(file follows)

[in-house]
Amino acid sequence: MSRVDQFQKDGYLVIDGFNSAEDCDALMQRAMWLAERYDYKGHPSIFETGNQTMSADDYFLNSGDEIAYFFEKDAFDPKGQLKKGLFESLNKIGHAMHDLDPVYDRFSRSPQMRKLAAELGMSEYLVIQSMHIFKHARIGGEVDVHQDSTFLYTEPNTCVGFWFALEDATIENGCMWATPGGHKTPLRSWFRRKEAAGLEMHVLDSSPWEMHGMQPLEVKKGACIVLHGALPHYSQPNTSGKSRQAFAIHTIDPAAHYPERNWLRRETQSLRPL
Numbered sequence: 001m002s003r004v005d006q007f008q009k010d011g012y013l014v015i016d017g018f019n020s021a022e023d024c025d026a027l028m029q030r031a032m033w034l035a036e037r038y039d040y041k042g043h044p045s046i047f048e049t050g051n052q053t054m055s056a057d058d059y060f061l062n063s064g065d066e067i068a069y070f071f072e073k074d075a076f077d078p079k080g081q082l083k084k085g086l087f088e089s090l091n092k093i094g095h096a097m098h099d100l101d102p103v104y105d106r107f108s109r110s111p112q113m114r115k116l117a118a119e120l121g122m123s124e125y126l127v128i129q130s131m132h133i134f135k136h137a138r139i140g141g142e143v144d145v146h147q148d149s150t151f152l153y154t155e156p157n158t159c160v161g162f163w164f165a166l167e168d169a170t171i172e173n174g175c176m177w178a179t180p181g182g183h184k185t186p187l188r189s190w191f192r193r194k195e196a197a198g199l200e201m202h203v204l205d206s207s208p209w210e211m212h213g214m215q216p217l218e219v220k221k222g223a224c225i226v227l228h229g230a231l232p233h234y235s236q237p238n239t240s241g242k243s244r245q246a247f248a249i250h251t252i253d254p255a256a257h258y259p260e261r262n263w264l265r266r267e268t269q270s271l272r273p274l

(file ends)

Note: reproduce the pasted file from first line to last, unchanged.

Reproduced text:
[in-house]
Amino acid sequence: MSRVDQFQKDGYLVIDGFNSAEDCDALMQRAMWLAERYDYKGHPSIFETGNQTMSADDYFLNSGDEIAYFFEKDAFDPKGQLKKGLFESLNKIGHAMHDLDPVYDRFSRSPQMRKLAAELGMSEYLVIQSMHIFKHARIGGEVDVHQDSTFLYTEPNTCVGFWFALEDATIENGCMWATPGGHKTPLRSWFRRKEAAGLEMHVLDSSPWEMHGMQPLEVKKGACIVLHGALPHYSQPNTSGKSRQAFAIHTIDPAAHYPERNWLRRETQSLRPL
Numbered sequence: 001m002s003r004v005d006q007f008q009k010d011g012y013l014v015i016d017g018f019n020s021a022e023d024c025d026a027l028m029q030r031a032m033w034l035a036e037r038y039d040y041k042g043h044p045s046i047f048e049t050g051n052q053t054m055s056a057d058d059y060f061l062n063s064g065d066e067i068a069y070f071f072e073k074d075a076f077d078p079k080g081q082l083k084k085g086l087f088e089s090l091n092k093i094g095h096a097m098h099d100l101d102p103v104y105d106r107f108s109r110s111p112q113m114r115k116l117a118a119e120l121g122m123s124e125y126l127v128i129q130s131m132h133i134f135k136h137a138r139i140g141g142e143v144d145v146h147q148d149s150t151f152l153y154t155e156p157n158t159c160v161g162f163w164f165a166l167e168d169a170t171i172e173n174g175c176m177w178a179t180p181g182g183h184k185t186p187l188r189s190w191f192r193r194k195e196a197a198g199l200e201m202h203v204l205d206s207s208p209w210e211m212h213g214m215q216p217l218e219v220k221k222g223a224c225i226v227l228h229g230a231l232p233h234y235s236q237p238n239t240s241g242k243s244r245q246a247f248a249i250h251t252i253d254p255a256a257h258y259p260e261r262n263w264l265r266r267e268t269q270s271l272r273p274l